Minnesota will have universal healthcare coverage by July 1, 1997, but state lawmakers will wait until next year to decide who's going to pay for it.
Gov. Arne Carlson signed legislation last week that pledges universal coverage of residents under the state's landmark reform program, known as MinnesotaCare. The commitment was made despite strong opposition from lawmakers in his own Republican Party who wanted to get financing issues resolved before making a commitment to universal coverage.
"Next year will be the showdown at the OK Corral," said John Kingrey, senior vice president of the Minnesota Hospital Association.
MinnesotaCare had been approved by the state Legislature and governor in 1993, but the program at that time did not call for universal coverage. In addition, administrative rules and financing issues were left unresolved.
Hospitals and other healthcare providers have been paying a 2% provider tax on their gross revenues since Jan. 1, 1993, but that provides only 60% of the money for MinnesotaCare. The provider tax was expected to generate more than $70 million.
Lawmakers debated several other forms of revenue, including additional taxes on providers, sin taxes and an increase in the state's income tax, but none was approved. Mr. Carlson faces re-election this year, and many lawmakers said the Legislature wanted to avoid any new taxes in an election year.
MinnesotaCare, as originally written, called for the creation of large medical networks to begin operating on July 1, 1994, but state officials sought a three-year delay to iron out questions about funding and administrative rules.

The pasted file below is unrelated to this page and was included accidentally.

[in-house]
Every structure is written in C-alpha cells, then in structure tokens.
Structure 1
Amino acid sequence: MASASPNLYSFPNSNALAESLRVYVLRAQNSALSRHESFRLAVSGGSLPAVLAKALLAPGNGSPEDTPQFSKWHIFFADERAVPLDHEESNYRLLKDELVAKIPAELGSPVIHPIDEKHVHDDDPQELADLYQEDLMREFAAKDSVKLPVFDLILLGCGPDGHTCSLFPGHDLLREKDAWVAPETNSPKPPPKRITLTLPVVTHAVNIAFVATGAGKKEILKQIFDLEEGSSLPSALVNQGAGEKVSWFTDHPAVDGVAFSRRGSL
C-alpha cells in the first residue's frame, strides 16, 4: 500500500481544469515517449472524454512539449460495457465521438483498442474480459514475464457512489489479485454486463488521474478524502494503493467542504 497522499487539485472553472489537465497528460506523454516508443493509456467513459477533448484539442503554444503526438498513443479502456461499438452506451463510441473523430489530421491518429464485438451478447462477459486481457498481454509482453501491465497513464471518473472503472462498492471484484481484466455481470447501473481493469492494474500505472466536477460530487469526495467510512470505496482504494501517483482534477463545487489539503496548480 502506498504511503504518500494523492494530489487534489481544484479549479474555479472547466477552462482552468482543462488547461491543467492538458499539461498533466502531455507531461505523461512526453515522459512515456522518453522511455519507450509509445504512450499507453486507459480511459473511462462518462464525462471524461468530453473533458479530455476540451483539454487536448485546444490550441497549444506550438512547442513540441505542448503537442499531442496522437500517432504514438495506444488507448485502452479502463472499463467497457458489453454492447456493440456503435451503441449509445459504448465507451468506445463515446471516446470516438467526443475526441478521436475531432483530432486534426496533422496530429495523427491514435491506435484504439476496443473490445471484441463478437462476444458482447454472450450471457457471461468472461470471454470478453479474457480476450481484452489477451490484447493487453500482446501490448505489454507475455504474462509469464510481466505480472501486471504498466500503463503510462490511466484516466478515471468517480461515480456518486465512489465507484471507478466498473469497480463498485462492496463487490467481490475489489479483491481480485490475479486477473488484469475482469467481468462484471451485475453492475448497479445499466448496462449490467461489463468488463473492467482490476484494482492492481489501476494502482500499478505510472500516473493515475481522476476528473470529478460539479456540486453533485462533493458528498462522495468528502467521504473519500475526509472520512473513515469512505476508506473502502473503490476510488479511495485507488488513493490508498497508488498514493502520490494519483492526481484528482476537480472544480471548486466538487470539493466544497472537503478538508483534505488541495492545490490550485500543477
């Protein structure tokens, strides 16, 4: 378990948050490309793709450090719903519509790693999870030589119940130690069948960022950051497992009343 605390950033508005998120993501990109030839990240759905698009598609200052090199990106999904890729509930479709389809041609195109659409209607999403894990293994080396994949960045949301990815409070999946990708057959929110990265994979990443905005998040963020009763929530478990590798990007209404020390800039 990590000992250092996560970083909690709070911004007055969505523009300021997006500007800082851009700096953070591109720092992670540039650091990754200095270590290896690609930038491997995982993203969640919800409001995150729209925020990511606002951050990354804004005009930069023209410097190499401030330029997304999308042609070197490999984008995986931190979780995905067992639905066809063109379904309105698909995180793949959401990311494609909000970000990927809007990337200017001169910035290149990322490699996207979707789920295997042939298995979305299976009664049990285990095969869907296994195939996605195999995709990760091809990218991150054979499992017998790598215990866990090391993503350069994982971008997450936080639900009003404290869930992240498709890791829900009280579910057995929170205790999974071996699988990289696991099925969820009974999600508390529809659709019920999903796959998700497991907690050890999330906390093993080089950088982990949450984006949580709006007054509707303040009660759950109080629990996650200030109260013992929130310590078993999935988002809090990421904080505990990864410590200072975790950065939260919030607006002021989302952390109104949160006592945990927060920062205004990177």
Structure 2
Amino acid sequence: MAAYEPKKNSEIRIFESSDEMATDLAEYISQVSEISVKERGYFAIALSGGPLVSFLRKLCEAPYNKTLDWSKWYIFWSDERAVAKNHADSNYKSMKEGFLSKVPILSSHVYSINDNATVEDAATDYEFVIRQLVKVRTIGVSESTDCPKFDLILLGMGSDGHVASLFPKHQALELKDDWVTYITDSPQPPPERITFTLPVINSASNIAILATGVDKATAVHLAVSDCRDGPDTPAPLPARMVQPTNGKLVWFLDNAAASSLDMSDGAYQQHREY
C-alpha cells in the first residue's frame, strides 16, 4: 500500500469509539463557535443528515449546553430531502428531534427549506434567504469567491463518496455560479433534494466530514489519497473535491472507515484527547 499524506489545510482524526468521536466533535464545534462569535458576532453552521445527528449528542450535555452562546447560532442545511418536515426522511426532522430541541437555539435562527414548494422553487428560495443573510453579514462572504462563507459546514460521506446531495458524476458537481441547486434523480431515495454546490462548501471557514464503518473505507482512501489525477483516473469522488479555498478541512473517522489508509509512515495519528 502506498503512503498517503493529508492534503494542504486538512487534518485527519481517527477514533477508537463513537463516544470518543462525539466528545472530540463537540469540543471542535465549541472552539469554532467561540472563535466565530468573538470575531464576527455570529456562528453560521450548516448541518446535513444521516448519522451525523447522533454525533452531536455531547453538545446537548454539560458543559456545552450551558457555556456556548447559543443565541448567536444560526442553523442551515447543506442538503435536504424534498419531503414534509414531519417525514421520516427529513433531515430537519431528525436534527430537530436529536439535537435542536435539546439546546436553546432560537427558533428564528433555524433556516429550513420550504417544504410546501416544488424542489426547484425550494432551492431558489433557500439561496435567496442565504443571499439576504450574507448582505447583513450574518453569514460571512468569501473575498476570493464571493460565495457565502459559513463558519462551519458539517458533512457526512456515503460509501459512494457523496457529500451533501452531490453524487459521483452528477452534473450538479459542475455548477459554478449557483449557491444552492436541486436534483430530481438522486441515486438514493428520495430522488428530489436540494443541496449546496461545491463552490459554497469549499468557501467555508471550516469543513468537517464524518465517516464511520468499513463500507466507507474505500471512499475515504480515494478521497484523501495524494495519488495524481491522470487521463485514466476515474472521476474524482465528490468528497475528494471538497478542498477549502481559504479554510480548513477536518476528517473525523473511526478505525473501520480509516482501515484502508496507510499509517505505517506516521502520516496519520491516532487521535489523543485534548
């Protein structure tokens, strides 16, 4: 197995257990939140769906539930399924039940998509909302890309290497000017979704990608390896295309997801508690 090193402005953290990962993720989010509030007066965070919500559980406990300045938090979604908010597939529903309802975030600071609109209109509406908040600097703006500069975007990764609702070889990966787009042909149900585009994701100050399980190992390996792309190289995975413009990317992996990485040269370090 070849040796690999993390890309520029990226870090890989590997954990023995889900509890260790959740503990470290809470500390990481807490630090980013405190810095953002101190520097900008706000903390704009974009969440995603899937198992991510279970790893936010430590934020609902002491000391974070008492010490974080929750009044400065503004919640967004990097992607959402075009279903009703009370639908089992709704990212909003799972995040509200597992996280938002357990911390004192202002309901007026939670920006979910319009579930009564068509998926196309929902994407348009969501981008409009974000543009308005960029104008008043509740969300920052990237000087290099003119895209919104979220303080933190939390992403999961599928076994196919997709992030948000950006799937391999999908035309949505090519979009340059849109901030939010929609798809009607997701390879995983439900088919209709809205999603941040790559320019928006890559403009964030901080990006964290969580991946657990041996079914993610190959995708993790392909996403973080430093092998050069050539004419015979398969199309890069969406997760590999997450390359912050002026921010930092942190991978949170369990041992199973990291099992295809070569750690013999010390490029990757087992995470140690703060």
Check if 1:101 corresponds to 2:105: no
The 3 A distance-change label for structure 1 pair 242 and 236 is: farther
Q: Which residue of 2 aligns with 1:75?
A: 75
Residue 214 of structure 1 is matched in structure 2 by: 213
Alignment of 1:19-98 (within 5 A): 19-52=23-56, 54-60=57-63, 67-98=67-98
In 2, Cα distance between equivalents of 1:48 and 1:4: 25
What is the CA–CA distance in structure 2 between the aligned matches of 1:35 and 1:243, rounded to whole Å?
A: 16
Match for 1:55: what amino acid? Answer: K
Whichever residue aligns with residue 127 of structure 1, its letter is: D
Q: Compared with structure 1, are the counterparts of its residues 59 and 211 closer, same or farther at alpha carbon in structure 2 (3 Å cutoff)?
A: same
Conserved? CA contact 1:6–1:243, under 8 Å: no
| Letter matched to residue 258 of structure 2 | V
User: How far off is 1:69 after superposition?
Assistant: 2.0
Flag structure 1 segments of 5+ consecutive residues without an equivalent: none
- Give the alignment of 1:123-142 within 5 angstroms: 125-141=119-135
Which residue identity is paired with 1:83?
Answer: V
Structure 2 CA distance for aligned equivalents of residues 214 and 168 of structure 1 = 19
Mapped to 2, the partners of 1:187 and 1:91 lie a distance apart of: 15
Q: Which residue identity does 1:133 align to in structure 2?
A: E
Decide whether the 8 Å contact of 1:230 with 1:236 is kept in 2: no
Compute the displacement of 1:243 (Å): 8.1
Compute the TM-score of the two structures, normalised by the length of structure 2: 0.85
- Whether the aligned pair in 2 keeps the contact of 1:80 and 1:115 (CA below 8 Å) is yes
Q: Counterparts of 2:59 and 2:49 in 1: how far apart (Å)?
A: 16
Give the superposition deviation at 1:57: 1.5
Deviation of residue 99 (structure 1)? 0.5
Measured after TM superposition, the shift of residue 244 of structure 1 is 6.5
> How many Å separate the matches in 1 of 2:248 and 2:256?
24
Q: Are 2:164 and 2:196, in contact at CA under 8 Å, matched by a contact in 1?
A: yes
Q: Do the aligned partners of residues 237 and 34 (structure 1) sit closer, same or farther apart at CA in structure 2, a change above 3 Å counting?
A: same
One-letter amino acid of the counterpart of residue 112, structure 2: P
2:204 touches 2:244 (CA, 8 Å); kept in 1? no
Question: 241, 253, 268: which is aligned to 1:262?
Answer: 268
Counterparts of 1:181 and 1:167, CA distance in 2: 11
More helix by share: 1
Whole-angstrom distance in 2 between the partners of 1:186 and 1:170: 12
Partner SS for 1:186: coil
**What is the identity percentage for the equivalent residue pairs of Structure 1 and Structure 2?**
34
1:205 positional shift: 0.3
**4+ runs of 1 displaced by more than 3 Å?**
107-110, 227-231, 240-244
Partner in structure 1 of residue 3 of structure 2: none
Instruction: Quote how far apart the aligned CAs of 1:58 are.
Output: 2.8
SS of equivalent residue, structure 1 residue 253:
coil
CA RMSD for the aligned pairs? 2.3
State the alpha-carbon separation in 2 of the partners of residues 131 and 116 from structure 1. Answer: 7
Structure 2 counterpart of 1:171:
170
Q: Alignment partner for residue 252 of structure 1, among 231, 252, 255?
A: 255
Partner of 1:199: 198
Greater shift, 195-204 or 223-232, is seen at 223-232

So far, the revenue generated from provider taxes by MinnesotaCare covers 67,000 of an estimated 400,000 in- State reform
digent and uninsured Minnesotans. The program can't be expanded without more money.
The existing taxes-both provider and consumer levies-funding MinnesotaCare will raise $138.6 million in fiscal 1995, $163.1 million in fiscal 1996 and $190.8 million in fiscal 1997.
The bill making a commitment to universal coverage passed the Senate 36-25 and the House 70-61. "The closeness in the House and Senate votes shows the difficulty this legislation is having as more and more details are added," Mr. Kingrey said.
The bill permits the creation of healthcare cooperatives with as many as 50,000 enrollees. The cooperatives would allow providers to work together at a local level to set prices for their healthcare services.
"Providers can come together, set a price for a capitated product, and they can sell it without worrying about antitrust," Mr. Kingrey said.
In addition, the new law prohibits any person or corporation from restraining providers that want to form cooperatives.
Managed-care organizations known as community integrated service networks will now be permitted to enroll as many as 50,000 people. At least 18 CISNs are being formed in Minnesota.
The CISNs can be licensed by the Minnesota Health Department starting July 1 of this year and can begin offering healthcare Jan. 1, 1995.